Journalist @baltimoresun writer artist runner #amwriting Chaplain PIO #partylikeajournalist

Journalist @baltimoresun writer artist runner #amwriting Chaplain PIO #partylikeajournalist
Journalist @baltimoresun writer artist runner #amwriting Md Troopers Assoc #20 & Westminster Md Fire Dept Chaplain PIO #partylikeajournalist

Monday, May 27, 2013

The Spiritual Practice of Shredding Stuff by Kevin E. Dayhoff May 15, 2013

The Spiritual Practice of Shredding Stuff by Kevin E. Dayhoff May 15, 2013

Last month my wife and I left our house in the wee-hours of the morning and joined other households in Carroll County for the shared experience of putting box after box of old documents in a large ravenous shredder-truck which devoured the paper voraciously.

It was quite a liberating experience. Of course, there was a certain irony in the ritualistic-feeding of the paper-eating monster truck sponsored by the Carroll County Office of Recycling.

The vast majority of my papers to be recycled are from the 40 or so years I served on local, county or state boards, committees or commissions – for many years, as an elected official – all of which were accompanied by bringing home boxes of papers, documents and records. It was only fitting and proper that I ‘give’ the papers back to the county.

The further irony is that many of those 40+-years were served on various committees and commissions which focused on the environment, municipal solid waste, agriculture, forestry, water and wastewater treatment – and recycling.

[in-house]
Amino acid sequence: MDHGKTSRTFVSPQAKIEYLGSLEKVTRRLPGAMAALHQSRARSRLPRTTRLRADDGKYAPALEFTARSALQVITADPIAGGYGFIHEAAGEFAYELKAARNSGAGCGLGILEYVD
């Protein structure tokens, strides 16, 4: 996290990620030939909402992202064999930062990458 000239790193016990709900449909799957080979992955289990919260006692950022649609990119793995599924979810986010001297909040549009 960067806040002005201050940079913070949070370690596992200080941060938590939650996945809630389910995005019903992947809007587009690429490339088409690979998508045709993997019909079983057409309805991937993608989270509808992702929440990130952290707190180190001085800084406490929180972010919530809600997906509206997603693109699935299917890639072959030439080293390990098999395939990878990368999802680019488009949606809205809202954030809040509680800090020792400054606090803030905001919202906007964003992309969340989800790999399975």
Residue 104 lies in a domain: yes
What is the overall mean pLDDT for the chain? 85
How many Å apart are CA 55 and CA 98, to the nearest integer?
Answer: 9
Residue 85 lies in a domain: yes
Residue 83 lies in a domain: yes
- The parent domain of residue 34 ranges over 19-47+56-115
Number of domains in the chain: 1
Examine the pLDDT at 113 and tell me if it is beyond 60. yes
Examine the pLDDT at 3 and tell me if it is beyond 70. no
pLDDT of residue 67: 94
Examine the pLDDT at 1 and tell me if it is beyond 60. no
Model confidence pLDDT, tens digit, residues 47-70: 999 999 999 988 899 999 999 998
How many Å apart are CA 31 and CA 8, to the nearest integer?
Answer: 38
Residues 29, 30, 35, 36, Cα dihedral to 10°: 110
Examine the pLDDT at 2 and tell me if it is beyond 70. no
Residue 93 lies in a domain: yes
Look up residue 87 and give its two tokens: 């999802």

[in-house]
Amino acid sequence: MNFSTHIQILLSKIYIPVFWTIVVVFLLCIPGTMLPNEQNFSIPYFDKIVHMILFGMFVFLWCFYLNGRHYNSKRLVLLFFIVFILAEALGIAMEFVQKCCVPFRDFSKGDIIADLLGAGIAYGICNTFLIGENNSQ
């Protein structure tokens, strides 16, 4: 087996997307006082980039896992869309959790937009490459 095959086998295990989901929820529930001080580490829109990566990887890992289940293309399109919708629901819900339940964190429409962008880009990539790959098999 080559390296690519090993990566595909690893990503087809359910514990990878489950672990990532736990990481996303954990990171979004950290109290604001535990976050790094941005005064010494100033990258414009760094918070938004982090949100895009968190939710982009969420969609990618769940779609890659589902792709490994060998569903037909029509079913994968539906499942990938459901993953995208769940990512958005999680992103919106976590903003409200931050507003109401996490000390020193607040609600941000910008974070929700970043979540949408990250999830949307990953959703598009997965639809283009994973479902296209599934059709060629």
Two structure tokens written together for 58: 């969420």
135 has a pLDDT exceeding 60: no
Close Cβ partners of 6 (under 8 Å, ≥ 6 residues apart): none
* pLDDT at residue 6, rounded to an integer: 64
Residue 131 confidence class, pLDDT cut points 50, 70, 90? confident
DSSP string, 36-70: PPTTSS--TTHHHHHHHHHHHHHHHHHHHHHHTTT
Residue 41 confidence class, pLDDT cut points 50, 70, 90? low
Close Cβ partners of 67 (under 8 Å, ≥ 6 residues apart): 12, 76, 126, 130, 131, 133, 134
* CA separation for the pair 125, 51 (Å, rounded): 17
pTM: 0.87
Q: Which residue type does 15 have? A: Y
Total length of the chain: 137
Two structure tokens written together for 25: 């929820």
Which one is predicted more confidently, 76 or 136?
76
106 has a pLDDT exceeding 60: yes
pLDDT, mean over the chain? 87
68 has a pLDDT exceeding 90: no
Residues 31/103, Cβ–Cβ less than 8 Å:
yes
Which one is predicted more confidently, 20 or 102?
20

I, for one, am quite thankful for the shredding service. The recycling office reported that we were one of 316 other households that made the trek to the county maintenance facility.

The paper shredder in my office only allows me to feed it up to 16 pages at a time. At that rate, it would take me about two hours to shred one box full of papers. The county shredding service saved me days of mind-numbing work.

As I discussed in my column in on June 20 last year, “Fighting the ‘Stuff Monster,” goals are simply tools to focus one’s energy in positive directions. These goals can change as one’s priorities change and new ones are added, and others dropped.

One of the several priorities I have established in recent years is to greatly simplify my life and cut-out as much of the clutter as possible… Please read more here:


Eagle Archives: Standard, aka junk, mail goes back to 19th century

The nation's first countywide free rural postal delivery service got off to a shaky and contested start Dec. 20, 1896, in Carroll County.

According to multiple media accounts, including the Baltimore Sun, "One of the first pick-ups postal clerk Edwin Shriver had on the inaugural day of Carroll County's Rural Free Delivery service was a greased pig…"

"I'm sure he (the customer) did it as a joke," said Shriver. "But I slapped a 42-cent stamp on its rump and delivered it. That pig squealed the whole way."

A little over three years later, Charles Emory Smith, the 39th postmaster general of the United States and a journalist by trade, visited Westminster on April 30, 1900.

If Smith were to come back today, he would find the current state of affairs of the Postal Service look more like that haze produced by the forest fire.
These days, the future beautiful vista at the post office is less than clear, if my last visit there is any indication.

After I opened my box, I let out a squeal much like that of that greased pig in December of 1896. I quickly realized that I had once again fallen prey to the modern scourge upon the postal system that has significantly impacted our lives today, junk mail, or as it is politely referred to by the postal system, "standard mail."